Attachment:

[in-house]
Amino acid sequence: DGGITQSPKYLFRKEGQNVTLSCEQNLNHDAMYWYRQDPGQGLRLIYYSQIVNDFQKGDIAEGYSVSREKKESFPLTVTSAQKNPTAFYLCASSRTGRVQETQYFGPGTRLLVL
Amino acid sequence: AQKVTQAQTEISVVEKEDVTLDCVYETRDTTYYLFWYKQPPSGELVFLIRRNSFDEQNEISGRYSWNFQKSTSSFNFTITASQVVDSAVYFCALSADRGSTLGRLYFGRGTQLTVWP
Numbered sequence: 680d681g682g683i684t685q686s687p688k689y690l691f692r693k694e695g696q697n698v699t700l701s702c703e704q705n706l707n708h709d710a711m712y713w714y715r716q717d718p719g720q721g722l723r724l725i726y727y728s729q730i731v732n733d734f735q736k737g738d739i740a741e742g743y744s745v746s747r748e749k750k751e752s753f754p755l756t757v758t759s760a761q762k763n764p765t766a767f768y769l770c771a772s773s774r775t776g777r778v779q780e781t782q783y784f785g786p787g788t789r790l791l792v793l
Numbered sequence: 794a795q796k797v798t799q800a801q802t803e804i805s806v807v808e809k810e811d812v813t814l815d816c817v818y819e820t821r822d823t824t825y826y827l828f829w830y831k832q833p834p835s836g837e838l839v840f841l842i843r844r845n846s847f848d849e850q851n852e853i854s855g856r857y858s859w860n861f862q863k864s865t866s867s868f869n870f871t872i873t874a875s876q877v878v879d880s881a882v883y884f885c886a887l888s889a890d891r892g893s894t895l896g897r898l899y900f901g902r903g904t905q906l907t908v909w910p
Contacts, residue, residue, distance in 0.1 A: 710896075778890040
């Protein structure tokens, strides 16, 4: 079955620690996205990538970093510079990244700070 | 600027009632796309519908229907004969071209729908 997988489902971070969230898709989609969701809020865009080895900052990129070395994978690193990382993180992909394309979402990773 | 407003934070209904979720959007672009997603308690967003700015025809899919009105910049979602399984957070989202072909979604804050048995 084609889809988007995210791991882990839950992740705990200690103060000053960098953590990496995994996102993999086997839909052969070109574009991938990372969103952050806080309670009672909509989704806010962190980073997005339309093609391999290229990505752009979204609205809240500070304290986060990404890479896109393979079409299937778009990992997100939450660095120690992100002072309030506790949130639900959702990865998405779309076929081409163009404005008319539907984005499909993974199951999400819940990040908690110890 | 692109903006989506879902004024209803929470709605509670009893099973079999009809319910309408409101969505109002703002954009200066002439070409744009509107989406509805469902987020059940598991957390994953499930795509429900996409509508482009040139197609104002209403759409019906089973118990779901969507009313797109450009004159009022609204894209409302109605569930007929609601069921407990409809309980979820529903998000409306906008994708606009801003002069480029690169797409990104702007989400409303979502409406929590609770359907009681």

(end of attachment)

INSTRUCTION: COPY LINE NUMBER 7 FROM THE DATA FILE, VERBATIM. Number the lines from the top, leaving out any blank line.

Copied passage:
């Protein structure tokens, strides 16, 4: 079955620690996205990538970093510079990244700070 | 600027009632796309519908229907004969071209729908 997988489902971070969230898709989609969701809020865009080895900052990129070395994978690193990382993180992909394309979402990773 | 407003934070209904979720959007672009997603308690967003700015025809899919009105910049979602399984957070989202072909979604804050048995 084609889809988007995210791991882990839950992740705990200690103060000053960098953590990496995994996102993999086997839909052969070109574009991938990372969103952050806080309670009672909509989704806010962190980073997005339309093609391999290229990505752009979204609205809240500070304290986060990404890479896109393979079409299937778009990992997100939450660095120690992100002072309030506790949130639900959702990865998405779309076929081409163009404005008319539907984005499909993974199951999400819940990040908690110890 | 692109903006989506879902004024209803929470709605509670009893099973079999009809319910309408409101969505109002703002954009200066002439070409744009509107989406509805469902987020059940598991957390994953499930795509429900996409509508482009040139197609104002209403759409019906089973118990779901969507009313797109450009004159009022609204894209409302109605569930007929609601069921407990409809309980979820529903998000409306906008994708606009801003002069480029690169797409990104702007989400409303979502409406929590609770359907009681």